Nothing adds fuel to the fire of conflict like vague, passive aggressive emails. When we’re put in an emotionally charged situation, it becomes all too easy to seek out double meanings in our coworkers’ words. Maybe you sent an email meant to be brief and businesslike, but your coworker assumed you were terse and annoyed. Maybe your coworker sent you a request for information that you perceived to be bossy and belittling.

Rather than sit and seethe at the hidden meanings you’re sure are behind every sentence, get out from behind your screen and go talk to your coworker face to face. In-person conversations help deescalate conflict because they force us to remember we’re talking with actual people, not just faceless entities in our computers.

5. Separate the person from the issue

Try to maintain an objective point of view about the disagreement, and don’t identify too personally with your position. Ask yourself if you’re arguing as a matter of pride, or if you really feel that the solution you’re advocating is the best choice.

In the same vein, make it clear that your disagreement is with your coworker’s position, not with your coworker personally. Avoid using words like “you” and “yours,” which could make your coworker feel attacked and defensive.

Remember: at the end of the day everyone in the office is (hopefully) working toward the same goal.

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Profile Photo Jane

Remember that we all have different work styles.

By talking about these differences it can help to solve some of the frustrations….ie planners vs wait until the last moment. Neither is right or wrong, just different ways to get something done.

Profile Photo David Salusbury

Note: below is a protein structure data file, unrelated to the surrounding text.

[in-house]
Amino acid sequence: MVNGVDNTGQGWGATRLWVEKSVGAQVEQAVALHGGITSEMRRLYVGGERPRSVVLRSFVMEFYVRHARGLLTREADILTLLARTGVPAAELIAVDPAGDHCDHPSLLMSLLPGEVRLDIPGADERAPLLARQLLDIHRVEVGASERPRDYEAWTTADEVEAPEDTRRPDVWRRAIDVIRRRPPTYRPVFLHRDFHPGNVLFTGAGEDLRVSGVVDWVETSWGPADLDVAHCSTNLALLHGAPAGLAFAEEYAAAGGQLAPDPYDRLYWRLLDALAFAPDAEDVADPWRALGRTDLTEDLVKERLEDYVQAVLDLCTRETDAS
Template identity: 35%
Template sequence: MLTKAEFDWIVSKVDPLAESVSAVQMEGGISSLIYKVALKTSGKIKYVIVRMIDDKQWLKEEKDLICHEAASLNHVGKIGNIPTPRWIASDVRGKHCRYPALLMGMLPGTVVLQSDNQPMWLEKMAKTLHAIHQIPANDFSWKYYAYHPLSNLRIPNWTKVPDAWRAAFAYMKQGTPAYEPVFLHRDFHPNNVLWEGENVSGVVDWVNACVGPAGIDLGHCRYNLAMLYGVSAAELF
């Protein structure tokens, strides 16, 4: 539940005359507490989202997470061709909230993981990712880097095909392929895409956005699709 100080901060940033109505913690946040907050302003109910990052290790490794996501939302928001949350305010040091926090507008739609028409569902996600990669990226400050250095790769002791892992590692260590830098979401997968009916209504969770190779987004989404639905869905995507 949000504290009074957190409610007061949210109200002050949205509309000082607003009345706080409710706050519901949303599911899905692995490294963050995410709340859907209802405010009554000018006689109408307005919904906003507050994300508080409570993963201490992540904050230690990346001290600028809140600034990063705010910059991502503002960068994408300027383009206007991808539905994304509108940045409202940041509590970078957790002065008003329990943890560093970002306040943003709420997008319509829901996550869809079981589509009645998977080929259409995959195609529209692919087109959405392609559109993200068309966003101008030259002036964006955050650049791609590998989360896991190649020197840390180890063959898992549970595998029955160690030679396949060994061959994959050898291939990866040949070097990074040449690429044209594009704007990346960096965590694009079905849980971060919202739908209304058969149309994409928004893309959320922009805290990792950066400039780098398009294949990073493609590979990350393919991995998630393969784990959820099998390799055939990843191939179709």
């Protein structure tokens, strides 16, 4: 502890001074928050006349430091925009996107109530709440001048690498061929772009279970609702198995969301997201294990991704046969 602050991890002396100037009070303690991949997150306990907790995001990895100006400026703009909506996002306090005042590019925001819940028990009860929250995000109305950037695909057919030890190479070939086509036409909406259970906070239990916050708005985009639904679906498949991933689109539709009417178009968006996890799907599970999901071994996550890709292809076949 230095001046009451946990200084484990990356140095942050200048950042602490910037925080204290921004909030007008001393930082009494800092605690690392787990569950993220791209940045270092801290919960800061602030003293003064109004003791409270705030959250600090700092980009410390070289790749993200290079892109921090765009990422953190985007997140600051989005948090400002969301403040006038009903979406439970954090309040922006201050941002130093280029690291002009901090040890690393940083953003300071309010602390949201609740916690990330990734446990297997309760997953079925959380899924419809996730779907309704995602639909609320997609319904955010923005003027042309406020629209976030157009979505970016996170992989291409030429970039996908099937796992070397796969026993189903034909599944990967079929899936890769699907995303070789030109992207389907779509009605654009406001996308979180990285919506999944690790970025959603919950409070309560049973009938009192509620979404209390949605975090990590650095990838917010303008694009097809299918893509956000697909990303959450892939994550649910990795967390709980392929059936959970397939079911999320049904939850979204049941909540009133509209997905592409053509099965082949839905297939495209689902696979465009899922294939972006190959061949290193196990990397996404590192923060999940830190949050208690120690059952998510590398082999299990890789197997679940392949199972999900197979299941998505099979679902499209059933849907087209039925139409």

Great blog, Jessie!

It would be nice to see a lsit of what NOT to do, as well!

For example:

How to increase conflict in the office

1. Just follow the rules (for example, clock-watching) and treat employees as if they are machines–check they are at their desks often, and post notes on their computer screens asking where they are, if they are absent

2. Don’t ever manage by walking about–just stay in your office and send emails; never say “good morning” on the way to your office (this could turn into time-wasting conversations)

3. Ignore all staff below you; only treat superiors with respect

4. Keep all the interesting work for yourself–always seeking self-aggrandizement

5. Only hold bilat meetings when things are not going well

6. Cancel staff meetings often–preferably always (as they are a waste of time)

7. If you have too much to do, give interesting work to your favourite employees and dull stuff to the ones you don’t like–or better still no work to such losers

8. Don’t send reminders about holidays–and reject requests for time off often–especially if you don’t like the employee

9. Never send thank-you notes, or thank employees in person–it’s a waste of time. After all it’s their job to do good work.

10. Above all, show your power and importance, by barking out orders with to-the-point emails–or best of all–a verbal demand or dressing-down, while an employee ais on a break in the staff room with colleagues.